I thought you guys would find this as interesting as I did, and I wonder if any of you have any insight into how these geosmin-producing bacteria play a role in our aquariums. Any experts in water chemistry or microbiology here wanna chime in? I find this very cool and want to learn more, but most of the subject matter on the internet relating to this specific subject has to do with treating our drinking water, more than anything relating to aquatic life and aquariums specifically.

  • #2
There's plenty of info available. In aquatics, bacteria tend to reside in biofilm structures. This is what you need to search for if you like to learn more about bacteria and microbiota in general.

A biofilm structure consists of all sorts of different bacteria, fungi, algae and protists. The exact configuration depends on conditions.

The biofilm on plants is different from biofilm found in a mechanical filter. The biofilm on substrate is different from biofilm found on the water surface.

If you learn more about this, it will change your thoughts on e.g. aquarium filtration for sure.

  • Thread Starter
  • #3
There's plenty of info available. In aquatics, bacteria tend to reside in biofilm structures. This is what you need to search for if you like to learn more about bacteria and microbiota.

A biofilm structure consists of all sorts of different bacteria, fungi, algae and protists. The exact configuration depends on conditions.

The biofilm on plants is different than in found in a mechanical filter. the biofilm on a substrate is different that found at the water surface.

If you learn more about this, it will change your thoughts on e.g. aquarium filtration for sure.
thank you so much! Sometimes searching on google is as simple as getting the right keywords :)

I find that stuff so interesting. Actually seeing all the little creatures you got in your tank inspired me to look it up more hehe. Also, would it be possible to get a look at some of these microorganisms. do you know any sort of microscope would be suitable? I would like to take a look at whats swimming around in my tank water.
  • #4
When humans talk about bacteria, we often are referring to pathogenic bacteria that cause disease. However, only a very small percentage of bacteria are pathogenic. Most bacteria are beneficial. Without beneficial bacteria, life as we know it would not exist in our bodies, in the soil, in the air, or in water.

While cyanobacteria (aka blue green algae) can be the scourge of aquariums, these bacteria exist in nearly every body of water, both salt and fresh. These bacteria are responsible for production of a significant portion of the oxygen in our atmosphere. So without them, we would not have access to the oxygen we need to live.

Without bacteria, there would be no nitrogen cycle.Nitrogen fixing bacteria in the soil convert atmospheric nitrogen to inorganic compounds which are converted by plants into amino acids/proteins. These plant proteins are consumed by both land and water animals. The waste product is urea which is converted by other bacteria into ammonia. Then nitrifying bacteria convert the ammonia into nitrites and then into nitrates. Finally, denitrifying bacteria can convert the nitrates into nitrogen gas to start the cycle all over again.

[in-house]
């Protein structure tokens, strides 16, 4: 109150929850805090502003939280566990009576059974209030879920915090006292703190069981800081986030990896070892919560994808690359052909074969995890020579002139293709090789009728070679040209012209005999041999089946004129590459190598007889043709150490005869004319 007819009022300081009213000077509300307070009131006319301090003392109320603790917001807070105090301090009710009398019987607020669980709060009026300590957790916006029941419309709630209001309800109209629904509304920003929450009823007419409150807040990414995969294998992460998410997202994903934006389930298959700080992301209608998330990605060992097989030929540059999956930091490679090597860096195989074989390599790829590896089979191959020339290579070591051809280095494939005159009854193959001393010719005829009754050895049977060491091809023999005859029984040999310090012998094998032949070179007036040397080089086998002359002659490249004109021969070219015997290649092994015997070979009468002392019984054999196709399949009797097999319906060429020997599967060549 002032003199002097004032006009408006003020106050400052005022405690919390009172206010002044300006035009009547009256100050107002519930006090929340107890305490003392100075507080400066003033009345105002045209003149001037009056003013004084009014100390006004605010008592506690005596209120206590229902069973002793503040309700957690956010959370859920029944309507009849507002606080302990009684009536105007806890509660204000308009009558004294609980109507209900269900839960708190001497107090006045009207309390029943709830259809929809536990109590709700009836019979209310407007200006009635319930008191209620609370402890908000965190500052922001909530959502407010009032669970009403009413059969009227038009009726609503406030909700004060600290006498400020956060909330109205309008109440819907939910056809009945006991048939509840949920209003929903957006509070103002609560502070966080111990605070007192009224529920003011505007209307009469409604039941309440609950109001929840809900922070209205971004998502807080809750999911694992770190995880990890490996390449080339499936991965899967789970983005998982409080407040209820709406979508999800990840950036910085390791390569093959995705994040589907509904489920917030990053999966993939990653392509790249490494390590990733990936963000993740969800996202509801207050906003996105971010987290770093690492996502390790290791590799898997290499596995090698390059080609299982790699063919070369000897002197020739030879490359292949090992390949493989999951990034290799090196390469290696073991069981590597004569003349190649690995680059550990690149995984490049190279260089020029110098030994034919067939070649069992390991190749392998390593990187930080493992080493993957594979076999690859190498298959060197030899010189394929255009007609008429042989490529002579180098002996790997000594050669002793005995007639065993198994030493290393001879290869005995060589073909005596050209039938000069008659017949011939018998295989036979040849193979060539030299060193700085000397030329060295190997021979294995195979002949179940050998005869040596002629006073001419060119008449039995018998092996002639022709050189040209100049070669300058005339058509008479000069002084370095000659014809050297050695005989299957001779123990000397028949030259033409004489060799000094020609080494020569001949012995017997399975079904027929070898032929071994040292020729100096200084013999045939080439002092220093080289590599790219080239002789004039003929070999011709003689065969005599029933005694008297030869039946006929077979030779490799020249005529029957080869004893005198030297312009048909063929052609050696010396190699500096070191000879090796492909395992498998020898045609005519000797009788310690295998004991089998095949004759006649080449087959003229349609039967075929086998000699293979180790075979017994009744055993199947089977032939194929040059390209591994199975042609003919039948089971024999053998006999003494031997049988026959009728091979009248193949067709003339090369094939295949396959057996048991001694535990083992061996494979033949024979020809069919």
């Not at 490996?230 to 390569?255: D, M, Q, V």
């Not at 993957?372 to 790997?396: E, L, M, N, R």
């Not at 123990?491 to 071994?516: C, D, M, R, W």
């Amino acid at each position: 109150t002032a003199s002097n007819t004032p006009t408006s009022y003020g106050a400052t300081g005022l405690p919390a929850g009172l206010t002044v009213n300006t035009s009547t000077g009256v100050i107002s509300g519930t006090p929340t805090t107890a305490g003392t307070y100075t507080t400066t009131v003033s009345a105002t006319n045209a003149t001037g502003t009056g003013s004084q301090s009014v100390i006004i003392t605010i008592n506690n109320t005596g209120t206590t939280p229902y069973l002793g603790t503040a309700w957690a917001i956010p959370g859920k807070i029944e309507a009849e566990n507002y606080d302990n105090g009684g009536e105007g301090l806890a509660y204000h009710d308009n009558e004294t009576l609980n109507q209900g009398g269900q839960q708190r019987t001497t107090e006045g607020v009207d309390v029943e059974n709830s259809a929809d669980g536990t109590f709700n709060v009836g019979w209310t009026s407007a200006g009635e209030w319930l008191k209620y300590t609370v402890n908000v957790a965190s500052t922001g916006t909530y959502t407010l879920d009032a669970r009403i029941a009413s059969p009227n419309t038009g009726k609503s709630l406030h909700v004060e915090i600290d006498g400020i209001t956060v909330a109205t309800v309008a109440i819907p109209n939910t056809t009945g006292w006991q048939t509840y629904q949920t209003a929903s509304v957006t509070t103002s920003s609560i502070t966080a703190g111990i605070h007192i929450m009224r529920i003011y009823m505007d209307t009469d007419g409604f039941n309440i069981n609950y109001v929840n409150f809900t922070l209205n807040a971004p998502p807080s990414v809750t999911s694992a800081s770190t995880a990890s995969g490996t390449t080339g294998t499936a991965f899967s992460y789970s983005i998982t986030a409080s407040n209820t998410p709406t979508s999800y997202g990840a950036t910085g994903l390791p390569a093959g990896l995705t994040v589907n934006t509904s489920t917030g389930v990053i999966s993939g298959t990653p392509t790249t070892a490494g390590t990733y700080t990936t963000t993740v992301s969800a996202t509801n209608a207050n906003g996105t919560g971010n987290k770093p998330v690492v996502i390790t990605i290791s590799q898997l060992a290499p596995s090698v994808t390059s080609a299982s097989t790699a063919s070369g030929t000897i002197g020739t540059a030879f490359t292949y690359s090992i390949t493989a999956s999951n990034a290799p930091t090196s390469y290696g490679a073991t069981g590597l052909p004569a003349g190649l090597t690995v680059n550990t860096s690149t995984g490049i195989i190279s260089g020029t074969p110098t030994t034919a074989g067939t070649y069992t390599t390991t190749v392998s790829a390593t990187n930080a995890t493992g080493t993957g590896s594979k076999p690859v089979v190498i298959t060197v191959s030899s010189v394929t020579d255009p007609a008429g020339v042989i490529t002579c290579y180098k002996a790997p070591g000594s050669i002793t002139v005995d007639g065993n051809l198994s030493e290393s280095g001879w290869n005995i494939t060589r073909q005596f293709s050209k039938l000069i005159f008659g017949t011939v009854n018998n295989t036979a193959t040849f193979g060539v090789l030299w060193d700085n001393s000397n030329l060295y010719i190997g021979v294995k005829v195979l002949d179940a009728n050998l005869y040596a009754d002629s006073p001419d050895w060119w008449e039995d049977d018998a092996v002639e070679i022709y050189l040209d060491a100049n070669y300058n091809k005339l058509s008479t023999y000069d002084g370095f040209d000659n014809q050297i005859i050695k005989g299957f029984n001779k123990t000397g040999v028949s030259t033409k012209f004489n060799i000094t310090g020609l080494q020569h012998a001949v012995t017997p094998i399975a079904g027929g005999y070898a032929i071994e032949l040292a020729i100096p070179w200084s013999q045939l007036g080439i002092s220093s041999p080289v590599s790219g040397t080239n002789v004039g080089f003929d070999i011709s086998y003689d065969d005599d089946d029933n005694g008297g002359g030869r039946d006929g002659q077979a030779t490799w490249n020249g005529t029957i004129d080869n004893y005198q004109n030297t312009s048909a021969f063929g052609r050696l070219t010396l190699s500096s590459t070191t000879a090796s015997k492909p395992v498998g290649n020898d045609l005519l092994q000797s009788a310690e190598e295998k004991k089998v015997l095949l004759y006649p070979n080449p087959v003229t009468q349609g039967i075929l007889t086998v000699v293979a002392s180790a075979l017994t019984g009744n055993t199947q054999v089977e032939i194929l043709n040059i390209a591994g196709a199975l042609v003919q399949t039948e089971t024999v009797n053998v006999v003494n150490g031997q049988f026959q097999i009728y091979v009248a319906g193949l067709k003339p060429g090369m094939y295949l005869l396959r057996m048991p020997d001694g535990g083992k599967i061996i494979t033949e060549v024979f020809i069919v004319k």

Aquarium water always contains a variety of bacteria and other microorganisms. The fishkeeper only needs to be concerned with pathogenic bacteria. If your fish are healthy and the water has an "earthy" smell, then all is well. If you start to detect putrid odors, the something is going on that should not be. Dead fish and snails will give off putrid odors if they are not removed promptly.
  • #5
Aquatic microecosystems are very vast and contain thousands of different species of bacteria, with some species not even being identified yet. Like others said, they survive mostly in biofilms which also contain many different species of bacteria usually working together to promote growth. Bacteria have sophisticated methods of maintaining population density. Biofilms facilitate gene transfer and plasmid transfer, thereby helping the health of the entire film microecosystem. Biofilms are incredible and highly intelligent. I’ve taken many microbiology courses throughout my career and I think you would be very interested in environmental microbiology which deals with soil and aquatic bacterial ecosystems, along with their interactions with archaea and other protozoans. The reason you find a lot of papers relating these concepts to drinking water is because that is the implication of understanding how the bacterial ecosystems work, so even if the study is about drinking water you can still learn a lot. You may also be trying to search using the term “aquarium” when you should be using “body of water” “River” “stream” etc. hopefully I can link the paper I found that would be interesting to you below about the Mediterranean river basin-
Driving Factors of Geosmin Appearance in a Mediterranean River Basin: The Ter River Case